Tiara paused and glanced around the court room as if to see how much sympathy she could read in the countenances of her hearers. The rapt attention, the kindly look in their eyes gave her courage to take up a question which the situation in the South made exceedingly delicate, when one’s audience was composed of Southern white people.

“One thing, Mr. Judge, wells up in me at this time, and I suppose I will have to say it, unless you stop me,” said Tiara, in the tone of one asking a question.

The judge made no reply and Tiara interpreted his silence to mean that she was permitted to proceed.

Said she: “You white people have seen fit to make the Negro a stranger to your social life and you further decree that he shall ever be thus. You know that this weakens his position in the governmental fabric. The fact that he is thus excluded puts a perennial question mark after him. Furthermore the social influence is a tremendous force in the affairs of men, as all history teaches. To all that goes to constitute this powerful factor in your life as a people, you have seen fit to pronounce the Negro a stranger. The pride of the Negro race has risen to the occasion and there is a thorough sentiment in that race in favor of racial integrity.

“So, by your decree and the cordial acceptance thereof by the Negro, he is to be a stranger to your social system. That is settled. The very fact that the Negro occupies an inherently weak position in your communal life makes it incumbent upon you to provide safeguards for him.

“Instead, therefore, of the Negro’s absence from the social circle being a warrant for his exclusion from political functions, it is an argument in favor of granting full political opportunity to him. When a man loses one eye, nature strengthens the other for its added responsibility. Just so, logically, it seems absurd to hold that the Negro should suffer the loss of a second power because he is shut out from the use of a first.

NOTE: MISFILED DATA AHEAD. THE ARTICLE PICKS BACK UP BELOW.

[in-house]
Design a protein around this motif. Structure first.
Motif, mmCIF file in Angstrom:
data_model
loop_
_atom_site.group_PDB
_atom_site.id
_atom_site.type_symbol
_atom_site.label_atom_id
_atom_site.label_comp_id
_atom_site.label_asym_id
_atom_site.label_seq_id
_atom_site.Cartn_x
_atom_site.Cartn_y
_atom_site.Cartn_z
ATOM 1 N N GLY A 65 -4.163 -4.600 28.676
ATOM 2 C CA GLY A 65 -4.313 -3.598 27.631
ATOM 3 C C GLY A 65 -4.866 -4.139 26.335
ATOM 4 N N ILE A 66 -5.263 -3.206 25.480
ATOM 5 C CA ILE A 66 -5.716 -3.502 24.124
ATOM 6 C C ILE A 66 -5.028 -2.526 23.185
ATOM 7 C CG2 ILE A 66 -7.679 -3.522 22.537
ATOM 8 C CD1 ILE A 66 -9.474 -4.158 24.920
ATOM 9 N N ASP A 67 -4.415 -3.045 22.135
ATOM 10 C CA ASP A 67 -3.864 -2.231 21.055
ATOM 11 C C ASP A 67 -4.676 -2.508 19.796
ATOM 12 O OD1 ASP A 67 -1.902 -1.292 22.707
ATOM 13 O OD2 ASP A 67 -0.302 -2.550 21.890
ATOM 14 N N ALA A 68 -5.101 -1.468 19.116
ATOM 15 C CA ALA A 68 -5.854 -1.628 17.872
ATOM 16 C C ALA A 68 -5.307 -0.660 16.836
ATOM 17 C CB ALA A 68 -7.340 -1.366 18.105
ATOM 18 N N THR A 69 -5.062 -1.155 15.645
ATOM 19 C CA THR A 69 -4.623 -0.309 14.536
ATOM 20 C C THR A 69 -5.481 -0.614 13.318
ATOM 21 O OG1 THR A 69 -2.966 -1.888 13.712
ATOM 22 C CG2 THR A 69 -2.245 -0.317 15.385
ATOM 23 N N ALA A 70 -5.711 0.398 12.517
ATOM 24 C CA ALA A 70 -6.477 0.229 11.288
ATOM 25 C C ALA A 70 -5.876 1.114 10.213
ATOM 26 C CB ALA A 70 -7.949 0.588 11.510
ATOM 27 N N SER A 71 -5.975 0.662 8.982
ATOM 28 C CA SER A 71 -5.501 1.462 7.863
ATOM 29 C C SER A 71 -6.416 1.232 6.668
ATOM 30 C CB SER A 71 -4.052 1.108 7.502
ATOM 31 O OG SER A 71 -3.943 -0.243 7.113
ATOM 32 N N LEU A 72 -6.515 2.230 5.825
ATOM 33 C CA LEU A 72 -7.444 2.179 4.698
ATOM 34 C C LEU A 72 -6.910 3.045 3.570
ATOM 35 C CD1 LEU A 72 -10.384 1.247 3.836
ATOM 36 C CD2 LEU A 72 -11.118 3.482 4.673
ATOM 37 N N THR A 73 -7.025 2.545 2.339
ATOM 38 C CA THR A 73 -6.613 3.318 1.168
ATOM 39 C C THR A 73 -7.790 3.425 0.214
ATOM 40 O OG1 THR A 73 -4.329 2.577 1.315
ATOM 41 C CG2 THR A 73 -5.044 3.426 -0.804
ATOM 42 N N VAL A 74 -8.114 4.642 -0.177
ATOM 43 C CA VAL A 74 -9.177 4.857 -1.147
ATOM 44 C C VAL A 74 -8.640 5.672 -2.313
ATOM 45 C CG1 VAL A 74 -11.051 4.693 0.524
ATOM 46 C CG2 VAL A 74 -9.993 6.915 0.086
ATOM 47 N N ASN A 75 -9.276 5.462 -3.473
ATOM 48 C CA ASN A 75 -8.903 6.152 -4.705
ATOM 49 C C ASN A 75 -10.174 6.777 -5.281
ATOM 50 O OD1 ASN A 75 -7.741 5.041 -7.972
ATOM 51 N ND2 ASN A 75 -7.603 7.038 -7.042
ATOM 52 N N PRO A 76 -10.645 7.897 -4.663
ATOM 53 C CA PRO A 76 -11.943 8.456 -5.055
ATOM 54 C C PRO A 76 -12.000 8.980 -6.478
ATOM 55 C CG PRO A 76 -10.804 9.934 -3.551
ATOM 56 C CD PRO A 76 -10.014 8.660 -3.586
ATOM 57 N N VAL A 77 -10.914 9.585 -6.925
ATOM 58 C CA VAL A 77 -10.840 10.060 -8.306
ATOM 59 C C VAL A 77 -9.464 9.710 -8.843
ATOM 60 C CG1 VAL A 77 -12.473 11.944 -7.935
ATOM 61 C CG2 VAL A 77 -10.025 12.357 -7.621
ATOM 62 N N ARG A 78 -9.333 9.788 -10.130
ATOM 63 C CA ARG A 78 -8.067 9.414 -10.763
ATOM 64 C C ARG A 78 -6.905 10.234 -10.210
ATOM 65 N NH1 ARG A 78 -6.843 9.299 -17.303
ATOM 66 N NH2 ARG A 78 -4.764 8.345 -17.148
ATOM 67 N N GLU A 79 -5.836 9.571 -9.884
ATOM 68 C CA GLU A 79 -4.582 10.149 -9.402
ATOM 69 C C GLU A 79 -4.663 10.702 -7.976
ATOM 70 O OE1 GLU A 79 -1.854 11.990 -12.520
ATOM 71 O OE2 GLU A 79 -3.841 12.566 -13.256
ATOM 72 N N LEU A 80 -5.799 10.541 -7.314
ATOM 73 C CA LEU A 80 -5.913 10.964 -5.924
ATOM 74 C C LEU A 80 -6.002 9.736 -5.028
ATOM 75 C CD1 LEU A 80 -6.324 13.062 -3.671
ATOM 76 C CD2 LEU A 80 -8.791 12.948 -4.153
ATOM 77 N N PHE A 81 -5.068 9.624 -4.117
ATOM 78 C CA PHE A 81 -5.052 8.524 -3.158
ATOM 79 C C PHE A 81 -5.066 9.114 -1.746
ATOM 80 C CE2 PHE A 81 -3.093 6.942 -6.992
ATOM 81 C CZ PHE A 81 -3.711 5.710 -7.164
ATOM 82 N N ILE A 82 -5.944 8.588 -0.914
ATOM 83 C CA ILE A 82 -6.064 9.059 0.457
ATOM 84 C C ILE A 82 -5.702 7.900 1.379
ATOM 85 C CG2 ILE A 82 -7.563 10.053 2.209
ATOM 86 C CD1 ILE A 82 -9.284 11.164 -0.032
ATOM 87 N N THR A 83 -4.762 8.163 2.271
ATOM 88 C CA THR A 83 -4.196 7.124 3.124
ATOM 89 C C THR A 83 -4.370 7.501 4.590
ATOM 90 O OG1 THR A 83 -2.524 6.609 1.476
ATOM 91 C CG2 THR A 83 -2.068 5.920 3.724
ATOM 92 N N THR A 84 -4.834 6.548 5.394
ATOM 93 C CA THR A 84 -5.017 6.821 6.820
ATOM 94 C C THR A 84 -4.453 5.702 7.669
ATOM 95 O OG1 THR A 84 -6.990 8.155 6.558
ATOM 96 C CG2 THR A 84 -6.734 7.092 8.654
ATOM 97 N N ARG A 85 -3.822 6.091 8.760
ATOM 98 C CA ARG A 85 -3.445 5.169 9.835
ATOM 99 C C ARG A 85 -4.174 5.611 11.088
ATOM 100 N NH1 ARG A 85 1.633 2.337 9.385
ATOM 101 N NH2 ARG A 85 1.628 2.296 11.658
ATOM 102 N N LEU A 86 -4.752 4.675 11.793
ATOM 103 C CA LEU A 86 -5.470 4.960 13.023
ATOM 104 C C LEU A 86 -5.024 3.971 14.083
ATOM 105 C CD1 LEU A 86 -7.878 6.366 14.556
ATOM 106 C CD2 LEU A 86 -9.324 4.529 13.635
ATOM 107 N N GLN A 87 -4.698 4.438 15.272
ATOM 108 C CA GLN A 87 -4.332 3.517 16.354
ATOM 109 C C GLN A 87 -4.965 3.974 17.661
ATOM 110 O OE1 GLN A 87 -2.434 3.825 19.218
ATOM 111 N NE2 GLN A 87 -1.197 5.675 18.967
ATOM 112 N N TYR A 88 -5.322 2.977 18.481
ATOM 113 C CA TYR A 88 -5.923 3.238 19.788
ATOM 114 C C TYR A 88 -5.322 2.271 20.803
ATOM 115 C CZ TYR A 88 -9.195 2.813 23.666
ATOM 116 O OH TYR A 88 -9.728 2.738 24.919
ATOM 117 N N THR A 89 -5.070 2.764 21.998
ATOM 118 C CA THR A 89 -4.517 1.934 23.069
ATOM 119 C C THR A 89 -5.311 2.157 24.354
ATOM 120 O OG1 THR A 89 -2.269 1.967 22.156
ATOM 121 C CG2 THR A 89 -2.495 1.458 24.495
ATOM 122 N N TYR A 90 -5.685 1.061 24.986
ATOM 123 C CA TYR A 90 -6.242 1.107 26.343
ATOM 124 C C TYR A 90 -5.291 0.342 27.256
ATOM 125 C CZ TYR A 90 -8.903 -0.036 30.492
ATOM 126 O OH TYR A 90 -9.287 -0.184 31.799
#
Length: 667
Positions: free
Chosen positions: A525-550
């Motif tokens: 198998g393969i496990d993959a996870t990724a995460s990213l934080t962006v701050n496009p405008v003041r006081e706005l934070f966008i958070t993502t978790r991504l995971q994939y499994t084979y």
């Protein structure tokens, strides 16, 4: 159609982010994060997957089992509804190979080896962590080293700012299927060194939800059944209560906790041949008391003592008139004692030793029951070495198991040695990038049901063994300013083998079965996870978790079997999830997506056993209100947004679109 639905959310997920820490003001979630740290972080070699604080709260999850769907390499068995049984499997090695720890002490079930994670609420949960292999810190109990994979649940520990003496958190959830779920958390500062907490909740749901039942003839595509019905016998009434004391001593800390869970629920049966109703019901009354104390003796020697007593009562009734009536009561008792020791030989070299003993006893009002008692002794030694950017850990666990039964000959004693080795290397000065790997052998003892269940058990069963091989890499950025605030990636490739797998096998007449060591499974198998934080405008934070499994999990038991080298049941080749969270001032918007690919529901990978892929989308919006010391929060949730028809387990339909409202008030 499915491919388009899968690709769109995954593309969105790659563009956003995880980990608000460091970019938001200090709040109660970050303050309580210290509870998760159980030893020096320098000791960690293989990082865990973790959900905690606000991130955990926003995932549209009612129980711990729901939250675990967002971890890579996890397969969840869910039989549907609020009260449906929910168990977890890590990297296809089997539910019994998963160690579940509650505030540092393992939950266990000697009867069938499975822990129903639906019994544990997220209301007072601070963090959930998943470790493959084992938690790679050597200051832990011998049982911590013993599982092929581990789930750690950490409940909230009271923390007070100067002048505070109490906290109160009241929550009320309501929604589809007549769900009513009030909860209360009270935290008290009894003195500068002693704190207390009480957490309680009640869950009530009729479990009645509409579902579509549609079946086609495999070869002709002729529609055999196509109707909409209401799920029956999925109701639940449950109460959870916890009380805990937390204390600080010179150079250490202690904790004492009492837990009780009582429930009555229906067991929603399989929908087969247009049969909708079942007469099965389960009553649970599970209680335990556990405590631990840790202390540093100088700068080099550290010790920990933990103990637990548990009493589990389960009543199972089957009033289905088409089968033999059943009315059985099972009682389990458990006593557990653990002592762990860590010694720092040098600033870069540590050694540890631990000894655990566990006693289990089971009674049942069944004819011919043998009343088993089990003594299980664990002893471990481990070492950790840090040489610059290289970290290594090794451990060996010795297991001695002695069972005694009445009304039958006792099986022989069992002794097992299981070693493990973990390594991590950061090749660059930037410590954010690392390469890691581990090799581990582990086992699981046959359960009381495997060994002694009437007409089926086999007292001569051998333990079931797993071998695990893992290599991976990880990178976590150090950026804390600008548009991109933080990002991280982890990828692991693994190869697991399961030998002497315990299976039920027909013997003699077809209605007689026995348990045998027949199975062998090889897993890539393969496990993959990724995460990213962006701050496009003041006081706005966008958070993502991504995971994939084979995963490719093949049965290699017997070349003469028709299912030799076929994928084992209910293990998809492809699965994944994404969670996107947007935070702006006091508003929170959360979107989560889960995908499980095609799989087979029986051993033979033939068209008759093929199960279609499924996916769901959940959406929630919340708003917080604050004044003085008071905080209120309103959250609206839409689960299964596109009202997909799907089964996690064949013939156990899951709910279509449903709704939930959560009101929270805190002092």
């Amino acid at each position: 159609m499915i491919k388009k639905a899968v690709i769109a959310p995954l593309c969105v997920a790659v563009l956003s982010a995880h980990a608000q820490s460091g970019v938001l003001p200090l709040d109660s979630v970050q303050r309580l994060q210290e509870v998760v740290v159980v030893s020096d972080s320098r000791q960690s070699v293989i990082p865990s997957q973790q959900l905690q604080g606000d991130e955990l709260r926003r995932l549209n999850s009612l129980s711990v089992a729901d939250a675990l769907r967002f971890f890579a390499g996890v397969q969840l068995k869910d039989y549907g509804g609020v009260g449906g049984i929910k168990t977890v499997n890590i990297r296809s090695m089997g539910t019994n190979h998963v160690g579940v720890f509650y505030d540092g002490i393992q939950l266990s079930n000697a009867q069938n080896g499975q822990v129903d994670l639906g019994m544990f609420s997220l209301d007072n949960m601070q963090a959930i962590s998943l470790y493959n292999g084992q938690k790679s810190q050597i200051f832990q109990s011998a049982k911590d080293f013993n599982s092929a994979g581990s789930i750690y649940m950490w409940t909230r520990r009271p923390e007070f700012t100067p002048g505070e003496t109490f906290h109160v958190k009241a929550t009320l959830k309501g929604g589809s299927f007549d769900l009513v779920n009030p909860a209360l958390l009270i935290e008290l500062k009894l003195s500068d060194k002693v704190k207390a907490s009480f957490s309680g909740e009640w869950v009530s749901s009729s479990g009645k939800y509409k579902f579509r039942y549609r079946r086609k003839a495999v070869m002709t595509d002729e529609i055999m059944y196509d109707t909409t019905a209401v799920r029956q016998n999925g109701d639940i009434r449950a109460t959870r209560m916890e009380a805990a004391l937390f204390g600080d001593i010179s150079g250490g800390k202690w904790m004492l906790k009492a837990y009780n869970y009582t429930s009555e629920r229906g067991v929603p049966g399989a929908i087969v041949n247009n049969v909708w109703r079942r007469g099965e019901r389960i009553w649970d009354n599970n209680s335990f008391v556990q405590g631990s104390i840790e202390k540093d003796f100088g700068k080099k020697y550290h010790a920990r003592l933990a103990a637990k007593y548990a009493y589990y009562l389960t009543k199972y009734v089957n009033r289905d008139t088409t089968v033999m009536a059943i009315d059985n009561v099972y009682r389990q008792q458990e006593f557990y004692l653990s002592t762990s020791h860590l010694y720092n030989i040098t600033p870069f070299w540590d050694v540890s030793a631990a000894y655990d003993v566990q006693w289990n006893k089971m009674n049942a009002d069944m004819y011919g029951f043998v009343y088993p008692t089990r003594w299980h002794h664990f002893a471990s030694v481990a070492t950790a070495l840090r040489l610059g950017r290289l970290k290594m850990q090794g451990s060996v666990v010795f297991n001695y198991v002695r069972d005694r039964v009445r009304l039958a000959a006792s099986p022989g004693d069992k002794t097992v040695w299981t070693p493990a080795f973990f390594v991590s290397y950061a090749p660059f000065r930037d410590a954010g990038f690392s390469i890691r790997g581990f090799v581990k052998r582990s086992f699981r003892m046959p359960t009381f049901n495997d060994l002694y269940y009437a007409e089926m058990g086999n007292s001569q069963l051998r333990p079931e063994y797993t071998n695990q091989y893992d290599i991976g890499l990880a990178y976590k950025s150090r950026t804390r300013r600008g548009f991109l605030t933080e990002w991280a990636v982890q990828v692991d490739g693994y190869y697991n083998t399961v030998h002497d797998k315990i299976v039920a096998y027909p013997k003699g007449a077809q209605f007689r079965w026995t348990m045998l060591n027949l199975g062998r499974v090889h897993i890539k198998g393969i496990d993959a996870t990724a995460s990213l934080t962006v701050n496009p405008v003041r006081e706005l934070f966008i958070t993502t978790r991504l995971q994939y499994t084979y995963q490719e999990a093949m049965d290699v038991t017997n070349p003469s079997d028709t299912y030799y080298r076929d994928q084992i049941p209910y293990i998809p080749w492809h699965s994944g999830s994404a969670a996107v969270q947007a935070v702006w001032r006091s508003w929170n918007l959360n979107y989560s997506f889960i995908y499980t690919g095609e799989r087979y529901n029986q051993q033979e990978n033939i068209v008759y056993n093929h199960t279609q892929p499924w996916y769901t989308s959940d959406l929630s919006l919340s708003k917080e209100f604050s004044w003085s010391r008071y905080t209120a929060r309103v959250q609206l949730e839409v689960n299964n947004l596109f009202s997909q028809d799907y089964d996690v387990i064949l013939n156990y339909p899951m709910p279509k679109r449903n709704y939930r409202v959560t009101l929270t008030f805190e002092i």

Dont circumscribe the able, noble souls among the Negroes. Give them the world as a playground for their talents and let Negro men dream of stars as do your men.” “Don’t circumscribe the able, noble souls among the Negroes. Give them the world as a playground for their talents and let Negro men dream of stars as do your men.”

“Your Bible says: ‘And if a stranger sojourn with thee in your land, ye shall not vex him.’ White friends of the South! Let me beseech you to vex not this social stranger within your borders; the stranger who invades your swamps and drains them into his system for your comfort; who creeps through the slime of your sewers; who wrestles with the heat in your ditches and fields; who has borne your onerous burdens and cheered you with his song as he toiled; who has never heard the war whoop but that he has prepared for battle; whose one hope is to be allowed to live in peace by your side and develop his powers and those of his children that they may be factors in making of this land, the greatest in goodness in all this world. Don’t circumscribe the able, noble souls among the Negroes. Give them the world as a playground for their talents and let Negro men dream of stars as do your men. They need that as much as you do. As for me, I shall leave your land.”